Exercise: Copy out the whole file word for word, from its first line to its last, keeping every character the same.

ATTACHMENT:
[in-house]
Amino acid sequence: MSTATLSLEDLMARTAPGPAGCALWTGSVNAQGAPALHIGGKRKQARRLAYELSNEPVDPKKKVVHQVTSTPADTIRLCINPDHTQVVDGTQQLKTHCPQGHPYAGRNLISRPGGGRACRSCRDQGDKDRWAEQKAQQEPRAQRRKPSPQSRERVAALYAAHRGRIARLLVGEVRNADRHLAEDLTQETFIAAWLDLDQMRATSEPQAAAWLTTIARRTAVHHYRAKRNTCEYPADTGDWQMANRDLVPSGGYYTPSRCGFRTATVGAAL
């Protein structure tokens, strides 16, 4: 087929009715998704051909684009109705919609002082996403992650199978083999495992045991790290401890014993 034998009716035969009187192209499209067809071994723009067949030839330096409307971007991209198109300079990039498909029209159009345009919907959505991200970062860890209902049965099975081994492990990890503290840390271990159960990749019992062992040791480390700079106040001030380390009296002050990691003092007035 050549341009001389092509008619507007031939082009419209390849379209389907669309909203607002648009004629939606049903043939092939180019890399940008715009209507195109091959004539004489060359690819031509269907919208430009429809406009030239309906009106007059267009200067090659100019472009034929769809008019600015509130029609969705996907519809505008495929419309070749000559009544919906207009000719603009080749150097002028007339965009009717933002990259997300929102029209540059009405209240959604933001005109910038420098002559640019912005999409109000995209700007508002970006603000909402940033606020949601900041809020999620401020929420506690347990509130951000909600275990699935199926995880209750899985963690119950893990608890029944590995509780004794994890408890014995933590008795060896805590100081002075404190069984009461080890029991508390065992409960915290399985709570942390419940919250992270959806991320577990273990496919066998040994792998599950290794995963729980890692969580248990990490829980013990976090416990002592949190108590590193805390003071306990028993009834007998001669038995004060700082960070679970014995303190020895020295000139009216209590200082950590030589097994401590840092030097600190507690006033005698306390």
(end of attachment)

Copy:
[in-house]
Amino acid sequence: MSTATLSLEDLMARTAPGPAGCALWTGSVNAQGAPALHIGGKRKQARRLAYELSNEPVDPKKKVVHQVTSTPADTIRLCINPDHTQVVDGTQQLKTHCPQGHPYAGRNLISRPGGGRACRSCRDQGDKDRWAEQKAQQEPRAQRRKPSPQSRERVAALYAAHRGRIARLLVGEVRNADRHLAEDLTQETFIAAWLDLDQMRATSEPQAAAWLTTIARRTAVHHYRAKRNTCEYPADTGDWQMANRDLVPSGGYYTPSRCGFRTATVGAAL
């Protein structure tokens, strides 16, 4: 087929009715998704051909684009109705919609002082996403992650199978083999495992045991790290401890014993 034998009716035969009187192209499209067809071994723009067949030839330096409307971007991209198109300079990039498909029209159009345009919907959505991200970062860890209902049965099975081994492990990890503290840390271990159960990749019992062992040791480390700079106040001030380390009296002050990691003092007035 050549341009001389092509008619507007031939082009419209390849379209389907669309909203607002648009004629939606049903043939092939180019890399940008715009209507195109091959004539004489060359690819031509269907919208430009429809406009030239309906009106007059267009200067090659100019472009034929769809008019600015509130029609969705996907519809505008495929419309070749000559009544919906207009000719603009080749150097002028007339965009009717933002990259997300929102029209540059009405209240959604933001005109910038420098002559640019912005999409109000995209700007508002970006603000909402940033606020949601900041809020999620401020929420506690347990509130951000909600275990699935199926995880209750899985963690119950893990608890029944590995509780004794994890408890014995933590008795060896805590100081002075404190069984009461080890029991508390065992409960915290399985709570942390419940919250992270959806991320577990273990496919066998040994792998599950290794995963729980890692969580248990990490829980013990976090416990002592949190108590590193805390003071306990028993009834007998001669038995004060700082960070679970014995303190020895020295000139009216209590200082950590030589097994401590840092030097600190507690006033005698306390």